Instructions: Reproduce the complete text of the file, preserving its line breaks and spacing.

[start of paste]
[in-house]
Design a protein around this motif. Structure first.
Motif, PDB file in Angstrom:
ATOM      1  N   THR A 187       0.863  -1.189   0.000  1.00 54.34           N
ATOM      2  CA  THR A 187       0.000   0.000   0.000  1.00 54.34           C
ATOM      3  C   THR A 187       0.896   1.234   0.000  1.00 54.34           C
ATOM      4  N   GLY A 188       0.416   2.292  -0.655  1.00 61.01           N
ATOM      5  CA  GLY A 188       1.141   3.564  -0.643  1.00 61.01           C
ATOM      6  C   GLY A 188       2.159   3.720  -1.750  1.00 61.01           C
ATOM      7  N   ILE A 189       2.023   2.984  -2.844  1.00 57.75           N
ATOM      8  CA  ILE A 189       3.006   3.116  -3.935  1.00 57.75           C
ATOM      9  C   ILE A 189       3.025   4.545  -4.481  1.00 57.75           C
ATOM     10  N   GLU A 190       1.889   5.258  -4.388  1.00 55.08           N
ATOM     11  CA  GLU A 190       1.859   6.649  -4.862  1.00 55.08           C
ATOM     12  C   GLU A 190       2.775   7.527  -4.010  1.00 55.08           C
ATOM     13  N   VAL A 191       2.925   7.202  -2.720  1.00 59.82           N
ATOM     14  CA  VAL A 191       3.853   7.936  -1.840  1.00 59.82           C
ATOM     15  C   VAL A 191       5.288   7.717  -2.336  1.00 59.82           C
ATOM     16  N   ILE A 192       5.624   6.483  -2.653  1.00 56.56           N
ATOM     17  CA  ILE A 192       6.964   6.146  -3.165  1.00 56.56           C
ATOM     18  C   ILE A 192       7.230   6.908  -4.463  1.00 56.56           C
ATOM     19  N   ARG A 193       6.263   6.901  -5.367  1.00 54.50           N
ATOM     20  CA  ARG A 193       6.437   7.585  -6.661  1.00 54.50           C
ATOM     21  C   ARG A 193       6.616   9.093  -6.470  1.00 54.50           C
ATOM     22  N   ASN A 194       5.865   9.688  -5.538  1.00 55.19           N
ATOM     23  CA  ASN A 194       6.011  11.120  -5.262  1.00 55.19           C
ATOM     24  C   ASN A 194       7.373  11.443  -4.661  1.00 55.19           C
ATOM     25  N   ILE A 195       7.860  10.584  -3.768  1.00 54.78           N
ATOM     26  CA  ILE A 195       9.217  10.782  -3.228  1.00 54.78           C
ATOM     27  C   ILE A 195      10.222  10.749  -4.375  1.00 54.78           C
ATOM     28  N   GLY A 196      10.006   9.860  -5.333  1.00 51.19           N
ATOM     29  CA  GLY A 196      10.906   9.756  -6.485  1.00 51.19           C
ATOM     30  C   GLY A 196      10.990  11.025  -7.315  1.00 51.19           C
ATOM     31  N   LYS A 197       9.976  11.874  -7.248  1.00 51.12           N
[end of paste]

[in-house]
Design a protein around this motif. Structure first.
Motif, PDB file in Angstrom:
ATOM      1  N   THR A 187       0.863  -1.189   0.000  1.00 54.34           N
ATOM      2  CA  THR A 187       0.000   0.000   0.000  1.00 54.34           C
ATOM      3  C   THR A 187       0.896   1.234   0.000  1.00 54.34           C
ATOM      4  N   GLY A 188       0.416   2.292  -0.655  1.00 61.01           N
ATOM      5  CA  GLY A 188       1.141   3.564  -0.643  1.00 61.01           C
ATOM      6  C   GLY A 188       2.159   3.720  -1.750  1.00 61.01           C
ATOM      7  N   ILE A 189       2.023   2.984  -2.844  1.00 57.75           N
ATOM      8  CA  ILE A 189       3.006   3.116  -3.935  1.00 57.75           C
ATOM      9  C   ILE A 189       3.025   4.545  -4.481  1.00 57.75           C
ATOM     10  N   GLU A 190       1.889   5.258  -4.388  1.00 55.08           N
ATOM     11  CA  GLU A 190       1.859   6.649  -4.862  1.00 55.08           C
ATOM     12  C   GLU A 190       2.775   7.527  -4.010  1.00 55.08           C
ATOM     13  N   VAL A 191       2.925   7.202  -2.720  1.00 59.82           N
ATOM     14  CA  VAL A 191       3.853   7.936  -1.840  1.00 59.82           C
ATOM     15  C   VAL A 191       5.288   7.717  -2.336  1.00 59.82           C
ATOM     16  N   ILE A 192       5.624   6.483  -2.653  1.00 56.56           N
ATOM     17  CA  ILE A 192       6.964   6.146  -3.165  1.00 56.56           C
ATOM     18  C   ILE A 192       7.230   6.908  -4.463  1.00 56.56           C
ATOM     19  N   ARG A 193       6.263   6.901  -5.367  1.00 54.50           N
ATOM     20  CA  ARG A 193       6.437   7.585  -6.661  1.00 54.50           C
ATOM     21  C   ARG A 193       6.616   9.093  -6.470  1.00 54.50           C
ATOM     22  N   ASN A 194       5.865   9.688  -5.538  1.00 55.19           N
ATOM     23  CA  ASN A 194       6.011  11.120  -5.262  1.00 55.19           C
ATOM     24  C   ASN A 194       7.373  11.443  -4.661  1.00 55.19           C
ATOM     25  N   ILE A 195       7.860  10.584  -3.768  1.00 54.78           N
ATOM     26  CA  ILE A 195       9.217  10.782  -3.228  1.00 54.78           C
ATOM     27  C   ILE A 195      10.222  10.749  -4.375  1.00 54.78           C
ATOM     28  N   GLY A 196      10.006   9.860  -5.333  1.00 51.19           N
ATOM     29  CA  GLY A 196      10.906   9.756  -6.485  1.00 51.19           C
ATOM     30  C   GLY A 196      10.990  11.025  -7.315  1.00 51.19           C
ATOM     31  N   LYS A 197       9.976  11.874  -7.248  1.00 51.12           N